it depends, I'm diagnosed as bipolar - so I would like to be with someone who understands me, although if she was severely ill - I dont think it would be good for either of us. but i wouldn't judge until getting to know her.
It would be tough. Me, myself, I'm constantly worrying about pleasing people and making sure I'm not doing anything wrong so they can be happy. And if someone just turned randomly displeased with no explanation, my brain probably would always come round to the thought of me doing something wrong, and I feel the emotional disconnectivity might escalate from there.
Not saying it's not possible if you don't fight for it!
My mom has bipolar disorder, and at the moment, has it very well-controlled. She has not had any 'outbursts', or depression, in several years. If the hypothetical individual's bipolar disorder were mild/controlled, similarly to my mother's, I would absolutely embrace an opportunity to start a relationship with her.
Conversely, one with severe/uncontrolled bipolar would likely be too difficult for me to handle. I require a good level of stability, and reliability in a partner; both of which directly contradict the idea of an uncontrolled, severe bipolar disorder.
As already noted by @MAP I would be unphased by the possibility, although a greater need for self awareness and medication checking would be necessary, more so knowing I don't always relate to severe manic phases in anyone and can find the residual recklessness that goes with the pleasure seeking state very daunting.
For example one of my closest female friends has bipolar and I find it easy to separate bipolar thinking patterns from her true nature, of being very warm, loving, extremely honest and a good listener (well she does have her hurdles when it comes to full employment but she accepts me so I accept her complexity too).
For me it would depend on one major factor. The person who is diagnosed, does he/she accept the diagnosis and has learned or is willing to learn to live with it?
I have two cases wich lead me in this.
The first one is a woman who has been diagnosed with bipolar. But has accepted this and is learning to cope with it. Through medication and therapy.
The 2nd one is diagnosed with it, but has not accepted it. Neither therapy or medication.
The 1st I could pursue a relationship with.
The 2nd one I couldn't. I've seen what happens when a person doesn't accept it. It's not pretty. Not for them, and not for their partner.
If the person was properly diagnosed and treated and compliant with treatment, then I would be fine with that.
If the person was not properly diagnosed and treated, or if there was a lack of compliance with treatment, then definitely not. I had close contact as a child with someone with untreated bipolar and an addiction and there's just too much pain that comes from that situation. It's hard, though, knowing that person probably wants and needs to be loved, but the manifestation of the behaviours related to the disorder are too difficult (and sometimses abusiv) and, really, diagnosis, treatment, compliance with treatment . . . those are, generally, choices, so when this person I do know with bipolar makes the choice to not be treated, I feel like they're basically choosing the disorder over me, and I can't be in any sort of relationship with that person.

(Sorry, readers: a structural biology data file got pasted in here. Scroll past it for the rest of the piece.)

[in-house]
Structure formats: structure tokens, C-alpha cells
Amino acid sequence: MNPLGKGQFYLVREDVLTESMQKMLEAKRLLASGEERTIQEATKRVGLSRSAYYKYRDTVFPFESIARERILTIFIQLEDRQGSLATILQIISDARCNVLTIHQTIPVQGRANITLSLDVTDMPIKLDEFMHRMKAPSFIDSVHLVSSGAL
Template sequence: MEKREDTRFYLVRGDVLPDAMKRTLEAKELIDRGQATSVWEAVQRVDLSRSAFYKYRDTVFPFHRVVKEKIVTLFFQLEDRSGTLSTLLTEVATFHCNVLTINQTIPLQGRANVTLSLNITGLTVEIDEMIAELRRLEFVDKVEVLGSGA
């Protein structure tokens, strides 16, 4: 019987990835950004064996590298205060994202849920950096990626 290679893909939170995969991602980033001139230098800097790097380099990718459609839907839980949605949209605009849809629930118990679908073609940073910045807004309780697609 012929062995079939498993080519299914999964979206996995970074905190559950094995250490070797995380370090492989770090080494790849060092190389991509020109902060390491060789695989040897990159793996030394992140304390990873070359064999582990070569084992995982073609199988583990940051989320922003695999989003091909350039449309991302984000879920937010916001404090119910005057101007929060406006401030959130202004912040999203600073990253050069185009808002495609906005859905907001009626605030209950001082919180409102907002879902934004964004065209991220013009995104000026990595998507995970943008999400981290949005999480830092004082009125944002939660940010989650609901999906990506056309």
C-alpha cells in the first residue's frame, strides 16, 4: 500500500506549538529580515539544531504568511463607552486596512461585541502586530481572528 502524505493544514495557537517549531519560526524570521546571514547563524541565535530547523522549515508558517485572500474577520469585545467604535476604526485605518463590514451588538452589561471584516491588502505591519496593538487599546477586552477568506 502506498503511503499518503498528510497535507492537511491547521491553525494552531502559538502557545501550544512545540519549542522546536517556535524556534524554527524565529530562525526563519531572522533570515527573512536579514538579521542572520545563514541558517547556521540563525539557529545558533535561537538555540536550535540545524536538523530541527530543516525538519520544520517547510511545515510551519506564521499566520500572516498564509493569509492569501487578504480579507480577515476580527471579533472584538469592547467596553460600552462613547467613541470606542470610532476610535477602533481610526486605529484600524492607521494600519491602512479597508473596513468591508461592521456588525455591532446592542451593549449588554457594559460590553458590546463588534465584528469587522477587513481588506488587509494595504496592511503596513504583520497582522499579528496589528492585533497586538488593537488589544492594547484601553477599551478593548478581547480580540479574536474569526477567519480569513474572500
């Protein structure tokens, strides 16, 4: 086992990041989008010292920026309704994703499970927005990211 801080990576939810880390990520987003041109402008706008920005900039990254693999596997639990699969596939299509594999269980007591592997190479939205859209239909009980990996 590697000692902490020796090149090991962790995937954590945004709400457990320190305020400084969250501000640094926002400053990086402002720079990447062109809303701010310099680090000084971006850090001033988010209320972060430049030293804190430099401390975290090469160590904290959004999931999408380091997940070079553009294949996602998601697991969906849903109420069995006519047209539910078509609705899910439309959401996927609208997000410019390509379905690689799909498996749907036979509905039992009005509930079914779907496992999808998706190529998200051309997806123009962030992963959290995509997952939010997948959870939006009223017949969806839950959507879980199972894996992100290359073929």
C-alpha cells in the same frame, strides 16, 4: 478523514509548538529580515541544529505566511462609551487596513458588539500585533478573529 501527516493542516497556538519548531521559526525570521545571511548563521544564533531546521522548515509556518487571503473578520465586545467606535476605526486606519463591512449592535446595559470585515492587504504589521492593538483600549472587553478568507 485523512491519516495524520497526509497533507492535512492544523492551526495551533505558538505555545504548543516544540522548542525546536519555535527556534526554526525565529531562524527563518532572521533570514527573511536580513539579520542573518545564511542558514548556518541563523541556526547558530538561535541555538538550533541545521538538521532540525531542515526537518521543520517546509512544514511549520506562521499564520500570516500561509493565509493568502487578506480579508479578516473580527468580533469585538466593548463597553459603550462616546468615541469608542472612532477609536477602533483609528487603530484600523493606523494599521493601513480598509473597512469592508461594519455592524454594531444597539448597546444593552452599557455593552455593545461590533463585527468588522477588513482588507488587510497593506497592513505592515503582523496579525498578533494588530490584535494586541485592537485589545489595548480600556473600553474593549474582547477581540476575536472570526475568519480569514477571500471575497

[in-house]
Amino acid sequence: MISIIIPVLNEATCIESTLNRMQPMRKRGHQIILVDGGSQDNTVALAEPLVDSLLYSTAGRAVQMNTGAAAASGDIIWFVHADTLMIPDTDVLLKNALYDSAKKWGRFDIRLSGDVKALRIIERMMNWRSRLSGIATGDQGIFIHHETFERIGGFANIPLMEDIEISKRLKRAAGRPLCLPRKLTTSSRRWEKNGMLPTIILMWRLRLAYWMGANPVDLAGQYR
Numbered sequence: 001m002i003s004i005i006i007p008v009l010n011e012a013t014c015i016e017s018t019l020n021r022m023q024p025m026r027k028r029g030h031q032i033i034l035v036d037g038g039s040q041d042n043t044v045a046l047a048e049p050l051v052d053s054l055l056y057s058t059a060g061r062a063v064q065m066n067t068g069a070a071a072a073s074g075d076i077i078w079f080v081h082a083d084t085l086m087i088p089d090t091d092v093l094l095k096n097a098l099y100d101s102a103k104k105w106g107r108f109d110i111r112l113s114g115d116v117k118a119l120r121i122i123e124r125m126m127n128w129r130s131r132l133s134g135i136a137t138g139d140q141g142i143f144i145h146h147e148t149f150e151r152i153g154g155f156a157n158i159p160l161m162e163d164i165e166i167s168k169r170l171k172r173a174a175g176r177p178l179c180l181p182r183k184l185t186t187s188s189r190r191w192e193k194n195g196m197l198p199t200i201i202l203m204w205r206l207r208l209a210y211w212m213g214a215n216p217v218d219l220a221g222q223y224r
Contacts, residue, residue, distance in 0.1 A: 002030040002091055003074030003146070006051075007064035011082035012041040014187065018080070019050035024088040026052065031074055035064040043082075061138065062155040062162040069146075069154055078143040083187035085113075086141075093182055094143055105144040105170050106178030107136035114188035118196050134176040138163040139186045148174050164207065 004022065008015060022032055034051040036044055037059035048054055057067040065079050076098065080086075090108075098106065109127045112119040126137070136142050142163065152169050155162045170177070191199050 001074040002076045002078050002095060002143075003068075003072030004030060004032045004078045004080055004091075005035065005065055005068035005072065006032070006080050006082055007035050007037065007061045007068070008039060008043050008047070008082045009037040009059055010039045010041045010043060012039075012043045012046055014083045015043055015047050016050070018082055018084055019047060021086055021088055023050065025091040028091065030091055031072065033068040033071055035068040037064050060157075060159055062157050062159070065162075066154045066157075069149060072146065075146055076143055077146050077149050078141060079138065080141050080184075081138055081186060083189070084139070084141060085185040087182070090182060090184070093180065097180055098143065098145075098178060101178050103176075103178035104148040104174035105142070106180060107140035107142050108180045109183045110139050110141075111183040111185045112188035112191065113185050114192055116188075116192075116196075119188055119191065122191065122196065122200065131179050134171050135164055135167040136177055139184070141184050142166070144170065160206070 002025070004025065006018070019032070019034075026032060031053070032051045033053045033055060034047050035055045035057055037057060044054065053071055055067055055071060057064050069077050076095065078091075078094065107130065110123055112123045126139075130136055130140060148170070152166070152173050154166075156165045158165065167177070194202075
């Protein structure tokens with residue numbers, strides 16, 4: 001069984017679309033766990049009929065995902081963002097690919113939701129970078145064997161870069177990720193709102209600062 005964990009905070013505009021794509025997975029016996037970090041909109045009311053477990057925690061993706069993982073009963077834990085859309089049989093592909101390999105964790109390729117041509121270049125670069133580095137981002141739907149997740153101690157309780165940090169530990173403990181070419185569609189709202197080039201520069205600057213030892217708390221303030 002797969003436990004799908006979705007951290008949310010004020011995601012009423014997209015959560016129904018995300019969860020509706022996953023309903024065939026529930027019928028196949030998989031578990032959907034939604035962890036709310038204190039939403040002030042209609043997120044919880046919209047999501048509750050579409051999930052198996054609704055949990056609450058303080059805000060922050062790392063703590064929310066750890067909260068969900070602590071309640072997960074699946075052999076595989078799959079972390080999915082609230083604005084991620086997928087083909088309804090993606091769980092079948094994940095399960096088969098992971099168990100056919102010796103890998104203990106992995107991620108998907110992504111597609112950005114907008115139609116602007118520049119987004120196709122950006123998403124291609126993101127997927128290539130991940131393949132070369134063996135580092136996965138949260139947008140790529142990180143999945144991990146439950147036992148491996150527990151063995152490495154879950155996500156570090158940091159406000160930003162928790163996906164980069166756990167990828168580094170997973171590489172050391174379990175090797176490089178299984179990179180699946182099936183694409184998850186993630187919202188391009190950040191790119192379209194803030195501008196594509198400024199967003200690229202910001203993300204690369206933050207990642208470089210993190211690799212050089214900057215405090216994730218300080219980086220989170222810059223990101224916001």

That said, I may also possibly have bipolar (speculated; not currently diagnosed); the last time I needed psychiatric treatment, the course they pursued was one that would be used for bipolar and I was stunned by the effectiveness of treatment in comparison to previous efforts to treat depression. If treatment for bipolar is what brings me to a place where I feel well, then that's amazing and I want that.
I wouldn't have a problem pursuing a relationship with someone who has bipolar disorder as long as she's working to control it. Of course, I have bipolar disorder myself, so I'm probably more understanding of it than the average person. It would also be nice having someone who understands me, but there would also be the risk of having two volatile personalities together. Then again, my mom and I (both diagnosed as bipolar and taking medication) usually get along just fine.
Possibly the biggest reason I can personally think of for not pursuing a relationship with a bipolar person is that I'm the type of person who intends for any relationship to turn into marriage and a family. Since bipolar disorder is highly genetic, I'd worry about passing it onto any children. There's some risk with one bipolar parents, but a whole lot more with two.